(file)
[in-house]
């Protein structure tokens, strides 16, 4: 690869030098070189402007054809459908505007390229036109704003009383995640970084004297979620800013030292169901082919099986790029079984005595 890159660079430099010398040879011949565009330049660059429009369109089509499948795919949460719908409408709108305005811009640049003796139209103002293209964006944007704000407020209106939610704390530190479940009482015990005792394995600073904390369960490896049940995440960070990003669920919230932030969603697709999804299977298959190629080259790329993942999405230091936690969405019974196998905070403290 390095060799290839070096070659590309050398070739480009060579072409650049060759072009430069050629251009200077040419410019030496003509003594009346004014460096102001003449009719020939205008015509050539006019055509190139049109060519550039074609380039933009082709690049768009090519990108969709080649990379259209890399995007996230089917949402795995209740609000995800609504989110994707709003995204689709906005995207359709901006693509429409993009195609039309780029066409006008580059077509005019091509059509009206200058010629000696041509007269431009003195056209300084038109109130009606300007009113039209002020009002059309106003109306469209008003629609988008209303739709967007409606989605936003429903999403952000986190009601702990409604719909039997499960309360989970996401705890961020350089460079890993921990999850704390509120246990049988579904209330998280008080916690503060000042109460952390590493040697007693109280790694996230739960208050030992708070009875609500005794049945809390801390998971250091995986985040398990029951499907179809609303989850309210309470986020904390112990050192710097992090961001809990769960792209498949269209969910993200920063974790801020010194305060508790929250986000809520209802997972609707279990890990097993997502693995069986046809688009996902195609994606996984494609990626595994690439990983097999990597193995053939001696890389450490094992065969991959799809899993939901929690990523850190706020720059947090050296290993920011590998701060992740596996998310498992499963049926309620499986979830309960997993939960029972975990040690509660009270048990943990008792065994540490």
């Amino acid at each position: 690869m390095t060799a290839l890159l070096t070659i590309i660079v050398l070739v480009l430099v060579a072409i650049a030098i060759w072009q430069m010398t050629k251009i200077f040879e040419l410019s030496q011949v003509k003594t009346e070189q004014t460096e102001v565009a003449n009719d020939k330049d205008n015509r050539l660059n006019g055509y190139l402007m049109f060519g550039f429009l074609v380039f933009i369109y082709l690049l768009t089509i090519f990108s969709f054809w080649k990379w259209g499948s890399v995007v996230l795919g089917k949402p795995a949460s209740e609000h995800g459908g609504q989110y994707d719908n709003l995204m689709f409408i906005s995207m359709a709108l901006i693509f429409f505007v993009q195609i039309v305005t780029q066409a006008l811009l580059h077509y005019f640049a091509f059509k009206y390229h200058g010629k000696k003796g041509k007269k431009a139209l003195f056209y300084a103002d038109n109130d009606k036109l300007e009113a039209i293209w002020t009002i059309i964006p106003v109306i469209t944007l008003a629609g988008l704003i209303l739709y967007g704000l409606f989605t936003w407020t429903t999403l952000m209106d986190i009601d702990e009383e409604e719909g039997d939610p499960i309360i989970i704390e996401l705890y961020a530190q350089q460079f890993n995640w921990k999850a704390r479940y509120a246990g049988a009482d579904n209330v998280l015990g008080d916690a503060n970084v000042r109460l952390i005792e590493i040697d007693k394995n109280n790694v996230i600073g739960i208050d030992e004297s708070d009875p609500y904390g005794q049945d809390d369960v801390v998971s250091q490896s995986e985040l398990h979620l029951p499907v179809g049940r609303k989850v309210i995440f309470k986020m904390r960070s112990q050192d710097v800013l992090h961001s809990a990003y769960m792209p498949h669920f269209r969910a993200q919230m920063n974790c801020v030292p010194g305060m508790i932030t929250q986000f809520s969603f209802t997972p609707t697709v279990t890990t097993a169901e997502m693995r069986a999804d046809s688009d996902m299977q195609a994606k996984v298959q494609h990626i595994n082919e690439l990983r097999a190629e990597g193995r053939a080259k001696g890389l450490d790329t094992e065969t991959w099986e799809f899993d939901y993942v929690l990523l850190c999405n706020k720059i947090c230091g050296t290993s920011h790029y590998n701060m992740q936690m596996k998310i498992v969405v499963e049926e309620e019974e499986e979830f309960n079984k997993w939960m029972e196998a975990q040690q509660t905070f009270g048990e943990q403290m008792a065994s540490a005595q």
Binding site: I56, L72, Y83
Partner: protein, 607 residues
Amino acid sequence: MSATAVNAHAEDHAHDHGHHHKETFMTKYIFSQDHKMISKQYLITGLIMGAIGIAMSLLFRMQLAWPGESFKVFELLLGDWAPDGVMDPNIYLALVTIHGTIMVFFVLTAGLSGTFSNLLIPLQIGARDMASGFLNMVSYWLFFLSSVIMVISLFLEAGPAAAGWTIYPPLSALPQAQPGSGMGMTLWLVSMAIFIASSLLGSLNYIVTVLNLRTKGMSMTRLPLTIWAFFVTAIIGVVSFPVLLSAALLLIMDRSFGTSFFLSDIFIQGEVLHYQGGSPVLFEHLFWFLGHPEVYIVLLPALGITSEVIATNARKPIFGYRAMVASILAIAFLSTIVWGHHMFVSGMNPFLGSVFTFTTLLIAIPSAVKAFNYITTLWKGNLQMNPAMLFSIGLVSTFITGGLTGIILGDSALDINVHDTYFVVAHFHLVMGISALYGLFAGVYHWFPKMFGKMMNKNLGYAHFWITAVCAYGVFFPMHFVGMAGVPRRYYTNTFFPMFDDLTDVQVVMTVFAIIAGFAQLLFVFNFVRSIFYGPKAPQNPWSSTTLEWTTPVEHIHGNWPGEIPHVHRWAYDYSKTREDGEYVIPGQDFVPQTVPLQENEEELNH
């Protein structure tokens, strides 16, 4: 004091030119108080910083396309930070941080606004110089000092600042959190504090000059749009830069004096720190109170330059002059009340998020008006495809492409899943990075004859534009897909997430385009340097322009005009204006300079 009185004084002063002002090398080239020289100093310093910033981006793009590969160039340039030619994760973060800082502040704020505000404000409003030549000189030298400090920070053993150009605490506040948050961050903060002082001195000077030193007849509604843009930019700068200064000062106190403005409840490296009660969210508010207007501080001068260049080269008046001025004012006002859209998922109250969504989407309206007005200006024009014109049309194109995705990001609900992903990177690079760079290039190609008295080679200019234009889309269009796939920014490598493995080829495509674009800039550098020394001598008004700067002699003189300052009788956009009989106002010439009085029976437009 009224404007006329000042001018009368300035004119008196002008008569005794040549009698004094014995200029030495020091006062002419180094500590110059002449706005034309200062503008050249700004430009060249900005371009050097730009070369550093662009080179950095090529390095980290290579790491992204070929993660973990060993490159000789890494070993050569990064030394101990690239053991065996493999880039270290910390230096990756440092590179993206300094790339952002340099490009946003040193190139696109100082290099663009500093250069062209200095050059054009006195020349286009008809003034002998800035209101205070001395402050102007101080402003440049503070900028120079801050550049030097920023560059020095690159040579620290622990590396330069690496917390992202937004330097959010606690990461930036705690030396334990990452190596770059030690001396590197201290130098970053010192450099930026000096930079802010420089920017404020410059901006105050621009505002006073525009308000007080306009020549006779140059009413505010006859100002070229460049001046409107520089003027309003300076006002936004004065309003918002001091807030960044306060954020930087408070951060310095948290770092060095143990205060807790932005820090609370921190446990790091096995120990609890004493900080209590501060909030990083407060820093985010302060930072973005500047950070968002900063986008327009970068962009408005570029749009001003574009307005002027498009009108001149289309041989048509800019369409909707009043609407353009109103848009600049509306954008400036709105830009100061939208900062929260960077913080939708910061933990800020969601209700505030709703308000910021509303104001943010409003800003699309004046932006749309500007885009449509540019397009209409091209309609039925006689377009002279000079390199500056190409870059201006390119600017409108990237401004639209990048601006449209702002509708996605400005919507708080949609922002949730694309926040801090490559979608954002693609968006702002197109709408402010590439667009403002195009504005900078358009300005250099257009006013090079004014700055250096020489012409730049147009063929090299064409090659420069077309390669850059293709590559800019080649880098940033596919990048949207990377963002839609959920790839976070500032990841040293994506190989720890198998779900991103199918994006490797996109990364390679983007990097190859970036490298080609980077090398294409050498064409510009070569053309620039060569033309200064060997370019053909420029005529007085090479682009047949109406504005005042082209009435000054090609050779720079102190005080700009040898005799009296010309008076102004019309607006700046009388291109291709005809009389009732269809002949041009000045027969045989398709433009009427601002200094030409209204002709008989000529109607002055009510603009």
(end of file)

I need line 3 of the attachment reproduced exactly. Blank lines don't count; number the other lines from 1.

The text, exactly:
């Amino acid at each position: 690869m390095t060799a290839l890159l070096t070659i590309i660079v050398l070739v480009l430099v060579a072409i650049a030098i060759w072009q430069m010398t050629k251009i200077f040879e040419l410019s030496q011949v003509k003594t009346e070189q004014t460096e102001v565009a003449n009719d020939k330049d205008n015509r050539l660059n006019g055509y190139l402007m049109f060519g550039f429009l074609v380039f933009i369109y082709l690049l768009t089509i090519f990108s969709f054809w080649k990379w259209g499948s890399v995007v996230l795919g089917k949402p795995a949460s209740e609000h995800g459908g609504q989110y994707d719908n709003l995204m689709f409408i906005s995207m359709a709108l901006i693509f429409f505007v993009q195609i039309v305005t780029q066409a006008l811009l580059h077509y005019f640049a091509f059509k009206y390229h200058g010629k000696k003796g041509k007269k431009a139209l003195f056209y300084a103002d038109n109130d009606k036109l300007e009113a039209i293209w002020t009002i059309i964006p106003v109306i469209t944007l008003a629609g988008l704003i209303l739709y967007g704000l409606f989605t936003w407020t429903t999403l952000m209106d986190i009601d702990e009383e409604e719909g039997d939610p499960i309360i989970i704390e996401l705890y961020a530190q350089q460079f890993n995640w921990k999850a704390r479940y509120a246990g049988a009482d579904n209330v998280l015990g008080d916690a503060n970084v000042r109460l952390i005792e590493i040697d007693k394995n109280n790694v996230i600073g739960i208050d030992e004297s708070d009875p609500y904390g005794q049945d809390d369960v801390v998971s250091q490896s995986e985040l398990h979620l029951p499907v179809g049940r609303k989850v309210i995440f309470k986020m904390r960070s112990q050192d710097v800013l992090h961001s809990a990003y769960m792209p498949h669920f269209r969910a993200q919230m920063n974790c801020v030292p010194g305060m508790i932030t929250q986000f809520s969603f209802t997972p609707t697709v279990t890990t097993a169901e997502m693995r069986a999804d046809s688009d996902m299977q195609a994606k996984v298959q494609h990626i595994n082919e690439l990983r097999a190629e990597g193995r053939a080259k001696g890389l450490d790329t094992e065969t991959w099986e799809f899993d939901y993942v929690l990523l850190c999405n706020k720059i947090c230091g050296t290993s920011h790029y590998n701060m992740q936690m596996k998310i498992v969405v499963e049926e309620e019974e499986e979830f309960n079984k997993w939960m029972e196998a975990q040690q509660t905070f009270g048990e943990q403290m008792a065994s540490a005595q």